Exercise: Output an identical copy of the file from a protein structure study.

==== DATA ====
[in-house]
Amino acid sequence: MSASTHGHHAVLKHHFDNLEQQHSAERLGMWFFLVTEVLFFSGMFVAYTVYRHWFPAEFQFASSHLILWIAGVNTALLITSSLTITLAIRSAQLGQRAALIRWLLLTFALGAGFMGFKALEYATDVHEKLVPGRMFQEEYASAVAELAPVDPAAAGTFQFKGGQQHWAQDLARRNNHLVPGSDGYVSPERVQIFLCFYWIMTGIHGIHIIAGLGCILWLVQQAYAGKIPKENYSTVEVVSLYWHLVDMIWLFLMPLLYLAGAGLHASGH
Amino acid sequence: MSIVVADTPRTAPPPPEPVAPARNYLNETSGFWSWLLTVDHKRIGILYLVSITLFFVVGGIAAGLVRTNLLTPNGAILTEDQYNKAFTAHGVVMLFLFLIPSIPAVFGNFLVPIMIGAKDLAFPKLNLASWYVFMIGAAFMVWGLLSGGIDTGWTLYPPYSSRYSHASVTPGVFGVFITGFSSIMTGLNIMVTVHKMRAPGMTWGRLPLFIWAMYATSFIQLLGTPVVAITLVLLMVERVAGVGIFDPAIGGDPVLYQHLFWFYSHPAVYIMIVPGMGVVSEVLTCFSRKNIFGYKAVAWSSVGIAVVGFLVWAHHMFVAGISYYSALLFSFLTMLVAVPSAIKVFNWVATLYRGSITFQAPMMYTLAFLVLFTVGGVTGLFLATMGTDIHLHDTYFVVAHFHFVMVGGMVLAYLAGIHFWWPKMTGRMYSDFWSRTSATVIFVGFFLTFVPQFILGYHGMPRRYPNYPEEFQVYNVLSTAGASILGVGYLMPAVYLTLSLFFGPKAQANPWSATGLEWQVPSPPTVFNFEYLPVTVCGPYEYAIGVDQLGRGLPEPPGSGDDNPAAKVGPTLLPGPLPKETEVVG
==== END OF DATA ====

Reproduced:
[in-house]
Amino acid sequence: MSASTHGHHAVLKHHFDNLEQQHSAERLGMWFFLVTEVLFFSGMFVAYTVYRHWFPAEFQFASSHLILWIAGVNTALLITSSLTITLAIRSAQLGQRAALIRWLLLTFALGAGFMGFKALEYATDVHEKLVPGRMFQEEYASAVAELAPVDPAAAGTFQFKGGQQHWAQDLARRNNHLVPGSDGYVSPERVQIFLCFYWIMTGIHGIHIIAGLGCILWLVQQAYAGKIPKENYSTVEVVSLYWHLVDMIWLFLMPLLYLAGAGLHASGH
Amino acid sequence: MSIVVADTPRTAPPPPEPVAPARNYLNETSGFWSWLLTVDHKRIGILYLVSITLFFVVGGIAAGLVRTNLLTPNGAILTEDQYNKAFTAHGVVMLFLFLIPSIPAVFGNFLVPIMIGAKDLAFPKLNLASWYVFMIGAAFMVWGLLSGGIDTGWTLYPPYSSRYSHASVTPGVFGVFITGFSSIMTGLNIMVTVHKMRAPGMTWGRLPLFIWAMYATSFIQLLGTPVVAITLVLLMVERVAGVGIFDPAIGGDPVLYQHLFWFYSHPAVYIMIVPGMGVVSEVLTCFSRKNIFGYKAVAWSSVGIAVVGFLVWAHHMFVAGISYYSALLFSFLTMLVAVPSAIKVFNWVATLYRGSITFQAPMMYTLAFLVLFTVGGVTGLFLATMGTDIHLHDTYFVVAHFHFVMVGGMVLAYLAGIHFWWPKMTGRMYSDFWSRTSATVIFVGFFLTFVPQFILGYHGMPRRYPNYPEEFQVYNVLSTAGASILGVGYLMPAVYLTLSLFFGPKAQANPWSATGLEWQVPSPPTVFNFEYLPVTVCGPYEYAIGVDQLGRGLPEPPGSGDDNPAAKVGPTLLPGPLPKETEVVG